“To the backward classes, I am a Devi.”
BSP supremo Mayawati in 2016.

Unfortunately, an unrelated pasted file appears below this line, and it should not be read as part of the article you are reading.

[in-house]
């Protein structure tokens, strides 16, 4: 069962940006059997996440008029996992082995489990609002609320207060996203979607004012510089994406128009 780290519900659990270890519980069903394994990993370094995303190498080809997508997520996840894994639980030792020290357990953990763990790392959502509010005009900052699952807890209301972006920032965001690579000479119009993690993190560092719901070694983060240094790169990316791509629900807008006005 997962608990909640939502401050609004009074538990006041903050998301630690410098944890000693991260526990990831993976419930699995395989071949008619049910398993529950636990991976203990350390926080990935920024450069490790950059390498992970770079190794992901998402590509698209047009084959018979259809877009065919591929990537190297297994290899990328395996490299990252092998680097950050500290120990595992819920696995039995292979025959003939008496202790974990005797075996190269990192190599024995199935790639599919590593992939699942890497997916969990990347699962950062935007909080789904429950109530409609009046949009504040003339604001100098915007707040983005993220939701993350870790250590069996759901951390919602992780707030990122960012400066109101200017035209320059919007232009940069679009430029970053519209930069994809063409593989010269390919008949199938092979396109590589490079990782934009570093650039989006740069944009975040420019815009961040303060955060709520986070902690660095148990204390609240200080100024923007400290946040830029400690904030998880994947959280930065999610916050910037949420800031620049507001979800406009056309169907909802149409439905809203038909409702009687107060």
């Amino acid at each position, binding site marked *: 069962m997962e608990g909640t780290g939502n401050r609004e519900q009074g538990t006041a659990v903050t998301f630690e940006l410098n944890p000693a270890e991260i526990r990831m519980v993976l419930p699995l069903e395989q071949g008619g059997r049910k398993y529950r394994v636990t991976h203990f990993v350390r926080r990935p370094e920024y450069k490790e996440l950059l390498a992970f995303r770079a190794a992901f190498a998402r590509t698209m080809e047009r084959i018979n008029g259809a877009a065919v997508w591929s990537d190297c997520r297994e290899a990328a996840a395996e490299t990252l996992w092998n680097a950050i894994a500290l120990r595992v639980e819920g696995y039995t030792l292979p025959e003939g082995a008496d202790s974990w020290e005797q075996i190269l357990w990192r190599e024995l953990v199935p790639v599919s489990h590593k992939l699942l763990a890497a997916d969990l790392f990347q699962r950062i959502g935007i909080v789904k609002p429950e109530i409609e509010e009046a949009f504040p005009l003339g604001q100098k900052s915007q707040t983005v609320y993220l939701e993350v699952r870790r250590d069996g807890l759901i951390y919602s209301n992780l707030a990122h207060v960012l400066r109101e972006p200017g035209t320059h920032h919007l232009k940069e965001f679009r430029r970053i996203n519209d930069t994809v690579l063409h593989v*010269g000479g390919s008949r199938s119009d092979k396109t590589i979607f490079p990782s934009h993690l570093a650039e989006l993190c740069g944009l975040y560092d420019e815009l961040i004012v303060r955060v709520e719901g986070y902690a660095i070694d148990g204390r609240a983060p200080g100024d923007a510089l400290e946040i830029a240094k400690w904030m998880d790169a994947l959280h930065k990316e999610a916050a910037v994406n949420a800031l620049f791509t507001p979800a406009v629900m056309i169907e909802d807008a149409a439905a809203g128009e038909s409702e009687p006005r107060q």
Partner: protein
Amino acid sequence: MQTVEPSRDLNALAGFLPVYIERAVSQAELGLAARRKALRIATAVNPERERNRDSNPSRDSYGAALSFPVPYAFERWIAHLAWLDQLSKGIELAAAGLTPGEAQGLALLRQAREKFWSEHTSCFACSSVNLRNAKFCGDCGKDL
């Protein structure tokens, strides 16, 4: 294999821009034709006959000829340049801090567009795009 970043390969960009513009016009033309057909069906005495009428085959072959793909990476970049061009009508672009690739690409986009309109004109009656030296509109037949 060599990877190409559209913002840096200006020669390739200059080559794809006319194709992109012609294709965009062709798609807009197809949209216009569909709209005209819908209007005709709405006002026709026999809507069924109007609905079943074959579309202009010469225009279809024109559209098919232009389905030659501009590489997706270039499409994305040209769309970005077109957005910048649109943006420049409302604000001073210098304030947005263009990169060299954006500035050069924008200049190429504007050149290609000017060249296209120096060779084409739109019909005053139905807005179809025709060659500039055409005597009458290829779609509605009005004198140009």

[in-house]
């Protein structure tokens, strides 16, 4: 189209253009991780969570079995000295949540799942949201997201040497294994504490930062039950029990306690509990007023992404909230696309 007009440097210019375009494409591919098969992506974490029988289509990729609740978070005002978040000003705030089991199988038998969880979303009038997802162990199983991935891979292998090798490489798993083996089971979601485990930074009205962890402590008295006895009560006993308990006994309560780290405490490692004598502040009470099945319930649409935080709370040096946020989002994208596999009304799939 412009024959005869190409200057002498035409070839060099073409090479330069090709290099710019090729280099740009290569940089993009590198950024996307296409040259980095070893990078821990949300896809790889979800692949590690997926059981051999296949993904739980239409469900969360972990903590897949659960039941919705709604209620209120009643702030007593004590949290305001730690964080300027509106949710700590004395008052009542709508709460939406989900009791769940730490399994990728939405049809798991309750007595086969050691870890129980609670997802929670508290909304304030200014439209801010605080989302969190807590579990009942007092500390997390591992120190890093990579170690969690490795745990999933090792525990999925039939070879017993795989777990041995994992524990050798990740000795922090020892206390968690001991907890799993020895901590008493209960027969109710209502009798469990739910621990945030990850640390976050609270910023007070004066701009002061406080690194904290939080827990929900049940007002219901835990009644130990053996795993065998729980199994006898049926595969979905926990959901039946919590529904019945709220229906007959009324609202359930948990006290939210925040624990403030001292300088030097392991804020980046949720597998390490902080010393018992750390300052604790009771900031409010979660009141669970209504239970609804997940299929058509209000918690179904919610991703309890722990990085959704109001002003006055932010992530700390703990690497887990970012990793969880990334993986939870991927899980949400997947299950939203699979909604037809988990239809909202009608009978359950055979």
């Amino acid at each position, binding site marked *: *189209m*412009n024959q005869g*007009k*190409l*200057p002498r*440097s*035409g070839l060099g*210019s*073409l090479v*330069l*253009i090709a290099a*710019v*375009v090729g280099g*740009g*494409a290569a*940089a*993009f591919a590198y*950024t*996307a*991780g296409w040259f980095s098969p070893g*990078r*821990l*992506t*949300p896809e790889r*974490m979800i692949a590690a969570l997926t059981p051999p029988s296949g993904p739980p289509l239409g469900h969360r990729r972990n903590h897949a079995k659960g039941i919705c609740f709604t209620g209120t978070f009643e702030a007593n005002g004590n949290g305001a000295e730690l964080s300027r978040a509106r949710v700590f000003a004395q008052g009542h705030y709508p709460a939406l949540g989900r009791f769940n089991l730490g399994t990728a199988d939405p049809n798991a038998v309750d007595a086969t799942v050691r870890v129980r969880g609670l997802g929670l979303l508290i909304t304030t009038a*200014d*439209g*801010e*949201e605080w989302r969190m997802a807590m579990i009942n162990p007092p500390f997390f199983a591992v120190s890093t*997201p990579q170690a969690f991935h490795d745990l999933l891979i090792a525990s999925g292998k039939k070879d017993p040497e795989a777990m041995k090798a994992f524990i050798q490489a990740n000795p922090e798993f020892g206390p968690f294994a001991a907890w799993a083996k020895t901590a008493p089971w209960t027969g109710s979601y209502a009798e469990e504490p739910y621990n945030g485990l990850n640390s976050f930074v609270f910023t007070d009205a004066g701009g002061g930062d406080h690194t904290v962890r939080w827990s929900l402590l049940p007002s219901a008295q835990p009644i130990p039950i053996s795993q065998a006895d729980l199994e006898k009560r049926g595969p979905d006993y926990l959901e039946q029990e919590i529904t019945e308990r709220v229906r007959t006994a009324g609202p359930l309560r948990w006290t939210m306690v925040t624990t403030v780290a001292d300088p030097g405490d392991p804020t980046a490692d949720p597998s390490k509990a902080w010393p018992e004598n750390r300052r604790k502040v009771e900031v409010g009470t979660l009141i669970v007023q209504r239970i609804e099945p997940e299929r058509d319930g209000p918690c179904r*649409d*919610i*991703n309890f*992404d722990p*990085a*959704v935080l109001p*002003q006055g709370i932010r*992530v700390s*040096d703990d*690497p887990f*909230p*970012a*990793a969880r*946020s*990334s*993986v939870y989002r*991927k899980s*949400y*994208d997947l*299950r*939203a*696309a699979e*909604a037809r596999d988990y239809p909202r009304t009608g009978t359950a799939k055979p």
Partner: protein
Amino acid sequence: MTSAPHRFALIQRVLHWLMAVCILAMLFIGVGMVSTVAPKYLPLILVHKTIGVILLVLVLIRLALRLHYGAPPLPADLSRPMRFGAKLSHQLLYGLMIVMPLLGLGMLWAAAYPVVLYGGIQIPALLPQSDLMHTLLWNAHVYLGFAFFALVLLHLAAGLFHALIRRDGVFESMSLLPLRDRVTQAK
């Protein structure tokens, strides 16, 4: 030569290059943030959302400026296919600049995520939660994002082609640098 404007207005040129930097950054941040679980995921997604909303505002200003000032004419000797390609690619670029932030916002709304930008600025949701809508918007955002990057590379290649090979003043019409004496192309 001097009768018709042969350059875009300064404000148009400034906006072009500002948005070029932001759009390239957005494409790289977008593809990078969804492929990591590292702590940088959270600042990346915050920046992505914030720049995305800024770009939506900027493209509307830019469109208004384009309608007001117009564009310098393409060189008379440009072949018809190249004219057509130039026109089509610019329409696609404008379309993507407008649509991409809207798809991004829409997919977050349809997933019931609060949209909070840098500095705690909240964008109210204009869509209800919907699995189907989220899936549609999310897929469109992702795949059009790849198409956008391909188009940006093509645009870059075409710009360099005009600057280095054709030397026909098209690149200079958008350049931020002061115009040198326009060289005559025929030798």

Goddess. A divine aura is often conferred on the Indian woman in common speech. The reality that fills daily lives, though, is the spectre of a broken body. Not broken by its fragility, but by deliberate violence. Mayawati has faced this violence—a political opponent’s sexually-loaded barb in 2016, a physical assault by armed goons of another rival in 1995. She came out strongly on both occasions, calling herself a Devi of the Dalits as a riposte. She would often refer to those abuses as a Dalit, as a woman. These are wounds women face, subjects of debates on women, for women and by women, from which, many rhetorical questions arise, activists say. Women, especially Dalits, ask—is it patriarchy, or is there a double violence, that of caste? And as Uttar Pradesh gets ready for assembly polls, similar questions crop up. Are women a caste or a constituency? There has already been social engineering of caste. Now, there is talk of reorganising caste. Where does gender stand in all this? How do ordinary women, caught between caste and gender, or outside of it, express their political aspirations at the ballot box?